Any tax liability that may be generated from your role as executor is separate from your own personal tax liability. Therefore don’t include any of the income of the deceased person or deceased estate in your own personal tax return (except for any trust income you may receive as a beneficiary). Another item that may potentially have to be declared is any fee charged to the estate for executor services performed (ask this office for more guidance about this).
As an executor, your tax responsibilities include:
- lodging a final return, and any outstanding prior-year returns, for the deceased person
- lodging any trust tax returns for the estate
- providing beneficiaries with the information they need to include distributions in their own returns and, in certain cases, paying tax on their behalf.
As the executor of a deceased estate, you may need to lodge a final tax return on behalf of the departed. If they did not lodge prior-year tax returns, it will need to be determined whether they are necessary. If so, you need to prepare and lodge them, and of course consult this office should you require help with these tasks.
There may be a number of reasons why you may have to lodge a personal tax return for the deceased – for example, they may have had:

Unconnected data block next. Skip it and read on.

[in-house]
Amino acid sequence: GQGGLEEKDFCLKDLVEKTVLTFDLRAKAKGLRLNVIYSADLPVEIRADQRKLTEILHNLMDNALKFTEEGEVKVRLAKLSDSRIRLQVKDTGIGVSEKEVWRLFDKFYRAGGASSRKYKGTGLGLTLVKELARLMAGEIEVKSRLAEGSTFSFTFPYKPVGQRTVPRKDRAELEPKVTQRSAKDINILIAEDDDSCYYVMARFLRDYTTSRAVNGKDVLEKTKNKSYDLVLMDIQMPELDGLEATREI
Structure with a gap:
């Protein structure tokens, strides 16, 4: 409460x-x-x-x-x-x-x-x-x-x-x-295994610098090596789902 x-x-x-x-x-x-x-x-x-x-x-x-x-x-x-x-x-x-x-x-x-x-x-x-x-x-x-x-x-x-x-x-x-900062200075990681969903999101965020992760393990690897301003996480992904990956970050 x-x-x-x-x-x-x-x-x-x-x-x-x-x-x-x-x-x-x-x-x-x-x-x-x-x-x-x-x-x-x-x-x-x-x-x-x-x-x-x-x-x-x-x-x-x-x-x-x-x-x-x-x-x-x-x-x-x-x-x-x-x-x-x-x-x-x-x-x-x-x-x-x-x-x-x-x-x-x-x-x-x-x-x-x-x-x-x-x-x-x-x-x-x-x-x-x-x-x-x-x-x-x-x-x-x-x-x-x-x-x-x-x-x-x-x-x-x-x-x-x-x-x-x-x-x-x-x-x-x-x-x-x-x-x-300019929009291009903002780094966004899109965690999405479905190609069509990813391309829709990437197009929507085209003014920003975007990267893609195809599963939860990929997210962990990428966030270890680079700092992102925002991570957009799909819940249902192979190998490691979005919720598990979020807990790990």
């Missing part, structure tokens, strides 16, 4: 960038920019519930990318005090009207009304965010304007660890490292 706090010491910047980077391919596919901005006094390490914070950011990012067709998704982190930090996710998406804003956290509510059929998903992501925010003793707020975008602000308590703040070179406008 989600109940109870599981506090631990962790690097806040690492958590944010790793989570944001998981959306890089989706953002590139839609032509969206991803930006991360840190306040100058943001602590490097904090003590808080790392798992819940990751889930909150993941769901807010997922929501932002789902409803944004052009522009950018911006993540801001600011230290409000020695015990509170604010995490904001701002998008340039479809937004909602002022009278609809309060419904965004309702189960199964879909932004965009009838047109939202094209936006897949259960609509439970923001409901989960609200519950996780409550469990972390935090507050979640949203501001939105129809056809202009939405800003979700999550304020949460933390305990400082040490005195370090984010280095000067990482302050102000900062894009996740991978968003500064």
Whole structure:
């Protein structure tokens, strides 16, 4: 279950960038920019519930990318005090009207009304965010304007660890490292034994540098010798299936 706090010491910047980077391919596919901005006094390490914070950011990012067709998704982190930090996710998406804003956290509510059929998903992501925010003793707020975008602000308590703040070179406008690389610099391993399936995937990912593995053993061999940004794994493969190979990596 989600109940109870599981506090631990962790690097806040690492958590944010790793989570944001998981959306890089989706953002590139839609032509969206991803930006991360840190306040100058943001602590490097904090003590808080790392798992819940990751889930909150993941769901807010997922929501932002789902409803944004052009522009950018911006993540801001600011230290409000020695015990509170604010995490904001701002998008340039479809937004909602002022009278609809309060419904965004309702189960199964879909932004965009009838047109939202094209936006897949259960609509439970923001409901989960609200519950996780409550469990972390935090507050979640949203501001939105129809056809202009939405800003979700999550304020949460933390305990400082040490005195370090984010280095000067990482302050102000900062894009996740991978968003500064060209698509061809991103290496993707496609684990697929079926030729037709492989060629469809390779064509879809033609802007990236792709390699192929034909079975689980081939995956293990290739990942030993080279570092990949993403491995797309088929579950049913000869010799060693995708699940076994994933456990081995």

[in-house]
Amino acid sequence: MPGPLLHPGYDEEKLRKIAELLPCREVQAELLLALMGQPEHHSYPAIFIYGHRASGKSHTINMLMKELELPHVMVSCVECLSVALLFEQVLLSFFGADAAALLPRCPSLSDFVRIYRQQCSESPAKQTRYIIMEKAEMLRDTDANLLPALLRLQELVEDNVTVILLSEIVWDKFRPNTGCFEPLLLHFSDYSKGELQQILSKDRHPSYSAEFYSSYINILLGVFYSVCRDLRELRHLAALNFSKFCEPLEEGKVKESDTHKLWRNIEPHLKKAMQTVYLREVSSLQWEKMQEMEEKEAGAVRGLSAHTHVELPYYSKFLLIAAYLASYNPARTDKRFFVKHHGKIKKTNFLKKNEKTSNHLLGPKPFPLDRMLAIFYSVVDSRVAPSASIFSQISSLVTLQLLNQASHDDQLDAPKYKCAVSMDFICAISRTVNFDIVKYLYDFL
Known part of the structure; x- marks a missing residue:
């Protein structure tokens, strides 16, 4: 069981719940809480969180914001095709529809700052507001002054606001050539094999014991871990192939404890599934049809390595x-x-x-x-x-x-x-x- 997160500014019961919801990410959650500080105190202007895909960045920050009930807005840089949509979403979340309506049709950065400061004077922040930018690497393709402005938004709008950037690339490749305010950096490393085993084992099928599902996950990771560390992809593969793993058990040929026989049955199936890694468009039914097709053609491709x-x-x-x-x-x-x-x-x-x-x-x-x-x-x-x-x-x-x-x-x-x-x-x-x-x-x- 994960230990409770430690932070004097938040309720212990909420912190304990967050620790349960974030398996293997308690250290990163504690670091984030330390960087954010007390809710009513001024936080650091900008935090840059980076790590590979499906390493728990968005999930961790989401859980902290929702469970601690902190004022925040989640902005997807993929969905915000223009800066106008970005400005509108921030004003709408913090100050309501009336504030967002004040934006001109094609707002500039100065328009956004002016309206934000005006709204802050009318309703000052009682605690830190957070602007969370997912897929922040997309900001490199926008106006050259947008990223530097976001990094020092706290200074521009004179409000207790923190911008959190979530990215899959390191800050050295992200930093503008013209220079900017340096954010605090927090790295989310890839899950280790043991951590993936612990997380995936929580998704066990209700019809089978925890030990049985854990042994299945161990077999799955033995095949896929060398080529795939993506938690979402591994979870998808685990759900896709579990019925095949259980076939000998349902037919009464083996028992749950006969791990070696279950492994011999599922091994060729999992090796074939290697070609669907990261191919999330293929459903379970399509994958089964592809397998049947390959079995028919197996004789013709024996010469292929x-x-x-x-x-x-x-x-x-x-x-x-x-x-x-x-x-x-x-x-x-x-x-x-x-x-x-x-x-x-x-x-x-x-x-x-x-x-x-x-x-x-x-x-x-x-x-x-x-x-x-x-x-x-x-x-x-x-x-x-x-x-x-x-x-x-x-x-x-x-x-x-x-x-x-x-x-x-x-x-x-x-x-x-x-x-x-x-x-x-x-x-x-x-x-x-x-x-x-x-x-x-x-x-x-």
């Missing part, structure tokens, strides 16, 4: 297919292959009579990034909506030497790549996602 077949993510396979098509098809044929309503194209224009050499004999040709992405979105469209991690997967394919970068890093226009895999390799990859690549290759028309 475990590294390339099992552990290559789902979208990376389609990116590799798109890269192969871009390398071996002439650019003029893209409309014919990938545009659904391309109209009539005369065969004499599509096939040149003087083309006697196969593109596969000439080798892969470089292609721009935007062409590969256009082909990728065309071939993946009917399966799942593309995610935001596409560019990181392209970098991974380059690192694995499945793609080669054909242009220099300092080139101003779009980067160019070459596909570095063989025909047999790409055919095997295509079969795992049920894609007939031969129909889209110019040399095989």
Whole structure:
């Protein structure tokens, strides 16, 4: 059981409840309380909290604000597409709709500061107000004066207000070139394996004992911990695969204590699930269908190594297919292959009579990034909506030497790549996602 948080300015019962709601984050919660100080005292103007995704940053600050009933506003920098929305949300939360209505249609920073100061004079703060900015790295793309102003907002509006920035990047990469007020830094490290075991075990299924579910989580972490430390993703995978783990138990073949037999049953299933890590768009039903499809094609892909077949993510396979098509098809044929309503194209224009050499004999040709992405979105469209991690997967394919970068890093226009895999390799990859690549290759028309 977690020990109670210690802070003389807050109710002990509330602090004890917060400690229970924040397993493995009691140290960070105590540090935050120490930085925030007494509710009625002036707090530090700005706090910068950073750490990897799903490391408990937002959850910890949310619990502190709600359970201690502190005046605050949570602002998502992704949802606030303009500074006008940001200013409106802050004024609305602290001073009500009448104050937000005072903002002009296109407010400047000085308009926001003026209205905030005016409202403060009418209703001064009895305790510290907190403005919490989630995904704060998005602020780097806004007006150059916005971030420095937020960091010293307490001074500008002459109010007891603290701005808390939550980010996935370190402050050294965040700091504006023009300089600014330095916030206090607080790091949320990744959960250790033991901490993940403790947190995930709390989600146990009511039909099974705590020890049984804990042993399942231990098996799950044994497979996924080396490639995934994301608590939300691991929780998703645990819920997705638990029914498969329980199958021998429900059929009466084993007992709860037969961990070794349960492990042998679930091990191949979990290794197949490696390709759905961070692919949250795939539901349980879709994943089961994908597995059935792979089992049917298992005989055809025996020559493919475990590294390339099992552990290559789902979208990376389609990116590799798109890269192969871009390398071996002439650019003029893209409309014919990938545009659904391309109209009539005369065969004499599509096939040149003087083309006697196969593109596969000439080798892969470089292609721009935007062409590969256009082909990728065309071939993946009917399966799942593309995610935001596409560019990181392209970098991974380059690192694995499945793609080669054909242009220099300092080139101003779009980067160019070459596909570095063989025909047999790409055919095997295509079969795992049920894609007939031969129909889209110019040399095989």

- tax withheld from the income they earned
- earned taxable income exceeding the tax-free threshold
- tax withheld from interest or dividends because no tax file number (TFN) was quoted to the investment body
- lodged returns in prior years.
Capital gains tax (CGT) implications
When the assets of a deceased estate are distributed, a special rule applies that allows any capital gain or loss made on a CGT asset to be disregarded if the asset passes:
- to the executor
- to a beneficiary, or
- from the executor to a beneficiary.
However, if an executor sells a CGT asset of the deceased estate and then distributes the proceeds to the beneficiaries, the sale is subject to the normal CGT rules and a tax liability may arise. Basically this means, in most cases, the transfer of CGT assets into a deceased estate and then out to their beneficiaries should not incur an income tax liability.
Superannuation death benefits
In most cases, when a person dies, their superannuation fund will pay their remaining super to their nominated beneficiary, which is called a “super death benefit”.
If there are no binding death nominations, then the trustee of the super fund will decide how the benefit will be paid. Depending upon the trust deed of the superannuation fund, and rules and regulations operating for superannuation, the trustee may pay it to the deceased estate, then the executor will deal with it accordingly. However, the super is not part of the will (except in NSW).
If you are a dependant of the deceased, you do not need to pay tax on any component of a superannuation death benefit if you receive it as a lump sum (if you receive it as an income stream you may need to pay tax on it). Also do not include it on your tax return as income. If you are not a dependant and you receive a death benefit it must be as a lump sum. The item is taxable as follows generally:
The maximum tax rate for lump sums paid to non-dependants is: Taxed element of the benefit, 15% plus Medicare levy; untaxed element of the benefit, 30% plus Medicare levy.